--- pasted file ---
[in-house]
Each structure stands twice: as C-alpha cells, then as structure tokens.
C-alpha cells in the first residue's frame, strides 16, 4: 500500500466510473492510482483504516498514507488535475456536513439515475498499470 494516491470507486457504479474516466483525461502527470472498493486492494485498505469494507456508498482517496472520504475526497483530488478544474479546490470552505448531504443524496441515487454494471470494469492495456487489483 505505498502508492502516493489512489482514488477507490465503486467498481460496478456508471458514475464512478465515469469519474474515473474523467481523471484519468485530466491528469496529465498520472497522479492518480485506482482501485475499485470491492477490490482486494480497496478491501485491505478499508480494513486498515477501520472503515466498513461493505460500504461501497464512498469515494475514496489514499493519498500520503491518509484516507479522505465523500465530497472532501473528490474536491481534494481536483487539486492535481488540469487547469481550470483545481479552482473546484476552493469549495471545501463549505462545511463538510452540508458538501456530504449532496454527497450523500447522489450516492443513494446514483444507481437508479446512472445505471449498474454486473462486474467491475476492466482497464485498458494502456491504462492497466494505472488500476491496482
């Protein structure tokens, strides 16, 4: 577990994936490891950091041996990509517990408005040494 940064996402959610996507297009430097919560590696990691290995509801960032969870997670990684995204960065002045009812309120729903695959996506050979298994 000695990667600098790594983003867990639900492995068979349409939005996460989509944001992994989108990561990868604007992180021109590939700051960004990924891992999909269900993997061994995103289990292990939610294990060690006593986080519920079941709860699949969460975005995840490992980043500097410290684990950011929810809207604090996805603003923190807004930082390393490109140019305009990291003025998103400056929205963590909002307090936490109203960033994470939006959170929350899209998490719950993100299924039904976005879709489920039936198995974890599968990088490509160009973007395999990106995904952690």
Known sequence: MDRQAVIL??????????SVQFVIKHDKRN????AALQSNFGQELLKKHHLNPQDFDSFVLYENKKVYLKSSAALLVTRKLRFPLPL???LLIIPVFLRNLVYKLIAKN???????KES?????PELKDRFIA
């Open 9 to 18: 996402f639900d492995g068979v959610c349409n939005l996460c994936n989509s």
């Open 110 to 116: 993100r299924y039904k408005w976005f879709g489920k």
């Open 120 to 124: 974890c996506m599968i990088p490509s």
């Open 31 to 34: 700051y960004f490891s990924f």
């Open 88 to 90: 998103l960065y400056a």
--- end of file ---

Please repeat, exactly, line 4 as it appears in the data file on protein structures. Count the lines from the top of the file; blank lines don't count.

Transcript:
């Protein structure tokens, strides 16, 4: 577990994936490891950091041996990509517990408005040494 940064996402959610996507297009430097919560590696990691290995509801960032969870997670990684995204960065002045009812309120729903695959996506050979298994 000695990667600098790594983003867990639900492995068979349409939005996460989509944001992994989108990561990868604007992180021109590939700051960004990924891992999909269900993997061994995103289990292990939610294990060690006593986080519920079941709860699949969460975005995840490992980043500097410290684990950011929810809207604090996805603003923190807004930082390393490109140019305009990291003025998103400056929205963590909002307090936490109203960033994470939006959170929350899209998490719950993100299924039904976005879709489920039936198995974890599968990088490509160009973007395999990106995904952690």